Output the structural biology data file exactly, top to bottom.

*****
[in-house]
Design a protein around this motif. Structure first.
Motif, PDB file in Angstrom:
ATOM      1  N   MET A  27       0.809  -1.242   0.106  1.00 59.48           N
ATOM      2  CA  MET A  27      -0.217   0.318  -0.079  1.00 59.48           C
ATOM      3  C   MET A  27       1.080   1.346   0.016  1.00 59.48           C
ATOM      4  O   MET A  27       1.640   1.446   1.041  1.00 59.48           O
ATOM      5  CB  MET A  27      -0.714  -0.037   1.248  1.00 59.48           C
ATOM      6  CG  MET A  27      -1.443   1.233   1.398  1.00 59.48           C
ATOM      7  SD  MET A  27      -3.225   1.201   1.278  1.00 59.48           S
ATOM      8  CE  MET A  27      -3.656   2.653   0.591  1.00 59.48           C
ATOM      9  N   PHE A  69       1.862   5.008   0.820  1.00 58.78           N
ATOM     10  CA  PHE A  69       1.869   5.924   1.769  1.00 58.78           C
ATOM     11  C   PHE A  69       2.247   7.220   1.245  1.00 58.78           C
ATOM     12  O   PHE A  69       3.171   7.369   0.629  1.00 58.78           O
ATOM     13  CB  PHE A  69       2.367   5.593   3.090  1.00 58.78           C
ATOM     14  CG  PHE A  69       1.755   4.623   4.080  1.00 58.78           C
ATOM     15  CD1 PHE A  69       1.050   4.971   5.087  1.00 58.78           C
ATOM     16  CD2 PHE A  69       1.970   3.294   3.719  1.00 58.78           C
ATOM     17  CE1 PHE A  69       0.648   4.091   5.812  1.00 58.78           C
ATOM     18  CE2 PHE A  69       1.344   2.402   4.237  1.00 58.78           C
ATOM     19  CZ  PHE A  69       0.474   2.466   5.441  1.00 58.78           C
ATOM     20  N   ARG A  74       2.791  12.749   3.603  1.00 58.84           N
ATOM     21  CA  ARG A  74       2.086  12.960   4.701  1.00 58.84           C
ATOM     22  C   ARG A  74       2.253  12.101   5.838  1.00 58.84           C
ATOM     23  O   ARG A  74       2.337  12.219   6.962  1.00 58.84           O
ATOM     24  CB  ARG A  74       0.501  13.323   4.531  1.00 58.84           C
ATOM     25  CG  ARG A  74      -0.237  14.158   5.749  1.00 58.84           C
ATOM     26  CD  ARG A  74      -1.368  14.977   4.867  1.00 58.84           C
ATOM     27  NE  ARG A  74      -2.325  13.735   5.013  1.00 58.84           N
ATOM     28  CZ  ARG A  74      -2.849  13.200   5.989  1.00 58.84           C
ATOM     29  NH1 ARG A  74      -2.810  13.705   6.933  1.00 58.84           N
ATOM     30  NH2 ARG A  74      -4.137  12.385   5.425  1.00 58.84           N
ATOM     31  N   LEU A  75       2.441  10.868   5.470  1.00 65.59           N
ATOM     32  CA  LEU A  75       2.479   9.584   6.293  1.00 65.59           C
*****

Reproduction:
[in-house]
Design a protein around this motif. Structure first.
Motif, PDB file in Angstrom:
ATOM      1  N   MET A  27       0.809  -1.242   0.106  1.00 59.48           N
ATOM      2  CA  MET A  27      -0.217   0.318  -0.079  1.00 59.48           C
ATOM      3  C   MET A  27       1.080   1.346   0.016  1.00 59.48           C
ATOM      4  O   MET A  27       1.640   1.446   1.041  1.00 59.48           O
ATOM      5  CB  MET A  27      -0.714  -0.037   1.248  1.00 59.48           C
ATOM      6  CG  MET A  27      -1.443   1.233   1.398  1.00 59.48           C
ATOM      7  SD  MET A  27      -3.225   1.201   1.278  1.00 59.48           S
ATOM      8  CE  MET A  27      -3.656   2.653   0.591  1.00 59.48           C
ATOM      9  N   PHE A  69       1.862   5.008   0.820  1.00 58.78           N
ATOM     10  CA  PHE A  69       1.869   5.924   1.769  1.00 58.78           C
ATOM     11  C   PHE A  69       2.247   7.220   1.245  1.00 58.78           C
ATOM     12  O   PHE A  69       3.171   7.369   0.629  1.00 58.78           O
ATOM     13  CB  PHE A  69       2.367   5.593   3.090  1.00 58.78           C
ATOM     14  CG  PHE A  69       1.755   4.623   4.080  1.00 58.78           C
ATOM     15  CD1 PHE A  69       1.050   4.971   5.087  1.00 58.78           C
ATOM     16  CD2 PHE A  69       1.970   3.294   3.719  1.00 58.78           C
ATOM     17  CE1 PHE A  69       0.648   4.091   5.812  1.00 58.78           C
ATOM     18  CE2 PHE A  69       1.344   2.402   4.237  1.00 58.78           C
ATOM     19  CZ  PHE A  69       0.474   2.466   5.441  1.00 58.78           C
ATOM     20  N   ARG A  74       2.791  12.749   3.603  1.00 58.84           N
ATOM     21  CA  ARG A  74       2.086  12.960   4.701  1.00 58.84           C
ATOM     22  C   ARG A  74       2.253  12.101   5.838  1.00 58.84           C
ATOM     23  O   ARG A  74       2.337  12.219   6.962  1.00 58.84           O
ATOM     24  CB  ARG A  74       0.501  13.323   4.531  1.00 58.84           C
ATOM     25  CG  ARG A  74      -0.237  14.158   5.749  1.00 58.84           C
ATOM     26  CD  ARG A  74      -1.368  14.977   4.867  1.00 58.84           C
ATOM     27  NE  ARG A  74      -2.325  13.735   5.013  1.00 58.84           N
ATOM     28  CZ  ARG A  74      -2.849  13.200   5.989  1.00 58.84           C
ATOM     29  NH1 ARG A  74      -2.810  13.705   6.933  1.00 58.84           N
ATOM     30  NH2 ARG A  74      -4.137  12.385   5.425  1.00 58.84           N
ATOM     31  N   LEU A  75       2.441  10.868   5.470  1.00 65.59           N
ATOM     32  CA  LEU A  75       2.479   9.584   6.293  1.00 65.59           C